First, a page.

Neck Turning In A Lathe

Discussion in 'Reloading' started by SHRTSHTR, Feb 9, 2009.

  1. SHRTSHTR

    SHRTSHTR Well-Known Member

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    I have been gathering everthing I think I need for Long Range Handloading. Does anyone know where I can get a case holder keyless chuck to hold the case in a lathe? I have a Hardinge Tool Room lathe and would like to hold the cases in the lathe to turn necks and perform other operations. I will be loading a 300Weatherby, 300Win and 338 Lapua.

    2nd. question. I notice that most people do not use the expander ball when sizing there brass. I have 200 pcs. of new 300 WW brass and the neck are deformed. I need to straighten these necks but not sure what tool I need. I watched a video of Darrell Hollands and he mentioned a "Case Neck Uniformer" made by sinclair. I cannot seem to find it on there site. Can someone point me in the right direction, or tell me what I need to use? Thanks for looking.
     
  2. LRHWAL

    LRHWAL Well-Known Member

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    There is a K&M and a Sinclair expander mandrel available. They round out the necks nicely (and are matched to their own neck turning pilots).

    You can get them through Sinclair and the other precision reloading suppliers.
     

  3. EddieHarren

    EddieHarren Well-Known Member

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    I made my own shellholders, for turning necks, and if you'll send me your e-mail address, I'll send you some pictures. You can make these on your lathe.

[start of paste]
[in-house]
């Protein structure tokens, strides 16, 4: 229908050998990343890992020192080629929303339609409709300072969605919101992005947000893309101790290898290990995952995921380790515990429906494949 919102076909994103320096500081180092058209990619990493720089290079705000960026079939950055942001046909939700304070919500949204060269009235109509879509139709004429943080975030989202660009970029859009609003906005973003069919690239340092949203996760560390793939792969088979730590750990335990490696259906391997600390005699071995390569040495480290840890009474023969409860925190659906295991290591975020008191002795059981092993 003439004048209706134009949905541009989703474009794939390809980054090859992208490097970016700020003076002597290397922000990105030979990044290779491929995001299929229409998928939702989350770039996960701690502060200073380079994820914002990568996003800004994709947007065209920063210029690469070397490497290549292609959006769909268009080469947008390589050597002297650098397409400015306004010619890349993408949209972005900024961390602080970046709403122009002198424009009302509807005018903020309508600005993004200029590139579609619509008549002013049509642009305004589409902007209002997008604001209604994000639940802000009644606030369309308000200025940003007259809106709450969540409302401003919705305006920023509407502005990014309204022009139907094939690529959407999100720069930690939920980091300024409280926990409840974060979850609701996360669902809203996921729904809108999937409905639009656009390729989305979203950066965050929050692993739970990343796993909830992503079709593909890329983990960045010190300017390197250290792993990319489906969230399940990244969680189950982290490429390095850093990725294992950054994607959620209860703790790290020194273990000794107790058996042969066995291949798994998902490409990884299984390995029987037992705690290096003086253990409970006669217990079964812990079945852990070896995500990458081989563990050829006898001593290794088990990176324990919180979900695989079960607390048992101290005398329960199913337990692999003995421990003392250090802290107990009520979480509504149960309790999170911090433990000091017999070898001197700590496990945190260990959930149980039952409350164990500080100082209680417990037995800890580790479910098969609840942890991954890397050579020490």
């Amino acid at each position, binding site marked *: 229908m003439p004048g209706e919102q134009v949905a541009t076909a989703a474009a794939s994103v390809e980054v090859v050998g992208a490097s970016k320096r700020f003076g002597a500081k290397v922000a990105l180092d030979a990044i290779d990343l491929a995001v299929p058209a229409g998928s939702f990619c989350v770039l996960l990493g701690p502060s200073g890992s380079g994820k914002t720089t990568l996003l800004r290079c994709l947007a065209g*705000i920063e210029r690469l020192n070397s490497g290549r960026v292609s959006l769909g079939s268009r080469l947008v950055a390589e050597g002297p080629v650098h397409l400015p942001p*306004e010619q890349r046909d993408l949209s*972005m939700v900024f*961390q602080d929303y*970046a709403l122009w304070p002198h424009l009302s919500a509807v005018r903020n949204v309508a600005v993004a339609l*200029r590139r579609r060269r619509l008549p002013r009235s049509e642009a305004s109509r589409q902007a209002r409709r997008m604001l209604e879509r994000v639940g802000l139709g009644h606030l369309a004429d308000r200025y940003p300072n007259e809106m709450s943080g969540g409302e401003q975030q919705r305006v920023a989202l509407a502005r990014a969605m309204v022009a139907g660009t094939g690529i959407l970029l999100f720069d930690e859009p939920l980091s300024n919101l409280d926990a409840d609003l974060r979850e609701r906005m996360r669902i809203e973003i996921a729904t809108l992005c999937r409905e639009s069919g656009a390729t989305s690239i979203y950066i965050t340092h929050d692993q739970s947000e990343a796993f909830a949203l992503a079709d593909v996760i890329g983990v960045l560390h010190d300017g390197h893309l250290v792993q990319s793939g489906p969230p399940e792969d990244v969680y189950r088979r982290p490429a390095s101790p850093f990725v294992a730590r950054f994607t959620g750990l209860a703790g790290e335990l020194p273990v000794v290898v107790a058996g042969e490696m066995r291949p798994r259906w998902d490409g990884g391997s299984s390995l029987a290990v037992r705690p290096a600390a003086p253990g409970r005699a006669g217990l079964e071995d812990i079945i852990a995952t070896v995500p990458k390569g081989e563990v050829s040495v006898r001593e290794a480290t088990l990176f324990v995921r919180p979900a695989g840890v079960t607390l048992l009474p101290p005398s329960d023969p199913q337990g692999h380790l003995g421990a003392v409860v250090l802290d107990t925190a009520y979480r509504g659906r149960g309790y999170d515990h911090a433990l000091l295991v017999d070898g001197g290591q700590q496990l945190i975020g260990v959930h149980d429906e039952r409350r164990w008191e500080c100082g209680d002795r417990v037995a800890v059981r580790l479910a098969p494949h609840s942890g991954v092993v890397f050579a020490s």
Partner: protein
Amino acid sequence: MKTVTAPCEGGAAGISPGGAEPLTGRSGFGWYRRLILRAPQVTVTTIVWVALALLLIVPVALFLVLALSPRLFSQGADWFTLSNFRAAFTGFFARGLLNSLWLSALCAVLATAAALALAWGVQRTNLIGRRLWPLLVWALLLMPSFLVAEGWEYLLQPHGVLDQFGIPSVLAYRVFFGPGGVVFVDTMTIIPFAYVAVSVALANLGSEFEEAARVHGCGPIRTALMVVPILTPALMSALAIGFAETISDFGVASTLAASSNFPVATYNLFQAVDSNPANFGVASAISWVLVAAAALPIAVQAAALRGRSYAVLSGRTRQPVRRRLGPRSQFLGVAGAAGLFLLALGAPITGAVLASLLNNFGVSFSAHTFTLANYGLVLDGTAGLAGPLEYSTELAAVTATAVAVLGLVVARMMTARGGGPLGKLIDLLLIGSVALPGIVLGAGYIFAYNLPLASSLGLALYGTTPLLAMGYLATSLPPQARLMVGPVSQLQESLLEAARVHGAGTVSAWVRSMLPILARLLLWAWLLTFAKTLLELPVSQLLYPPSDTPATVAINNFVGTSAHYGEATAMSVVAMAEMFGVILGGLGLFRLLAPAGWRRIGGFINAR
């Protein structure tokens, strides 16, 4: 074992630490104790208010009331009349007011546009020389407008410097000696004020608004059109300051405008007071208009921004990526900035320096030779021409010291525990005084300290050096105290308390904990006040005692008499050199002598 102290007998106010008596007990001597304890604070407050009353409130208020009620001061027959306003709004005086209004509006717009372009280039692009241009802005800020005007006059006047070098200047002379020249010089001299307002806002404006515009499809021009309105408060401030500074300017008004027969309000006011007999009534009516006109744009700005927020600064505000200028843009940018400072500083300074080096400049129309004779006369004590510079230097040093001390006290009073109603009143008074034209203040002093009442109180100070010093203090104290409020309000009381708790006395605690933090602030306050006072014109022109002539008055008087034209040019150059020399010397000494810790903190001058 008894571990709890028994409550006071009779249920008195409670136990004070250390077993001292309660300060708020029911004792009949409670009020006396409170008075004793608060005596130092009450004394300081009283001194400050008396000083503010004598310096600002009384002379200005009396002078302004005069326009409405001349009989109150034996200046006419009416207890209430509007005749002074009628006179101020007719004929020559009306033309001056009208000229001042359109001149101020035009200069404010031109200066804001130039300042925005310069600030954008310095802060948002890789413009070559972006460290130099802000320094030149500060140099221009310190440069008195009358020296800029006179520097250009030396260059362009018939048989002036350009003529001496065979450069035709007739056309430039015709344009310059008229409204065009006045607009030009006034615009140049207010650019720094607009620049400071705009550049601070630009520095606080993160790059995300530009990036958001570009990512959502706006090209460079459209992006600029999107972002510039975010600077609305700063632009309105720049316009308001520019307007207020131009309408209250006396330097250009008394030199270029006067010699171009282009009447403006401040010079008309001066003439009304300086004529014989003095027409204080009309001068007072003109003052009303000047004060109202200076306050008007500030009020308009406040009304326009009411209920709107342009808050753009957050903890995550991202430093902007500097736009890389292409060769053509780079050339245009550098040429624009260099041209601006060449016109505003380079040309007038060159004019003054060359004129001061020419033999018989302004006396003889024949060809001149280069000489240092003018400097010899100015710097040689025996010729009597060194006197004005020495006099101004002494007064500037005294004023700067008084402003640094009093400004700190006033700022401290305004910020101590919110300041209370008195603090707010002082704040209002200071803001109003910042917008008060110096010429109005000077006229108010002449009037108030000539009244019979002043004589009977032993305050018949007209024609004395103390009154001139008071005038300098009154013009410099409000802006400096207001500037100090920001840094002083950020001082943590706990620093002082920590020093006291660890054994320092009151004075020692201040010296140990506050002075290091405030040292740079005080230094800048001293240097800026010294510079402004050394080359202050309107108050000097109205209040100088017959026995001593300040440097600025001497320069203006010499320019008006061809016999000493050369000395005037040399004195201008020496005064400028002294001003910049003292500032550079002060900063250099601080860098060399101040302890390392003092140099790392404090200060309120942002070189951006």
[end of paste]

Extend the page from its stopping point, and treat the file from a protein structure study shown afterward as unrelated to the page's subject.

4. SHRTSHTR

    SHRTSHTR Well-Known Member

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    LRHWAL,

    I called Sinclair and was able to order everything I need for uniforming case necks.

    EddieHarren,

    That is very generous of you and I Thank You kindly. Check you PM for e-mail address.

    Thanks Guys,

    Ray
     
  5. boomtube

    boomtube Well-Known Member

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    I guess anyone with a lathe will want to try it on necks. I used a brass 3C collet turned to .475 to hold my cases for neck turning. But, doing it on my old South Bend 9" lathe was too much work and too slow for what was being done so I went back to my Forster hand held neck turner.
     
  6. heikki02003

    heikki02003 Active Member

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  7. SHRTSHTR

    SHRTSHTR Well-Known Member

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    You are right, having a lathe makes me think I should use it, but that is not the main reason for using the lathe. I believe, as I'm sure most do that the bullet should be as concentic as possible to the outside case diameter. I believe that the I.D. of neck should be checked as well as the O.D. for runout. Then and only then could a evaluation be made on what operations need or don't need to be done.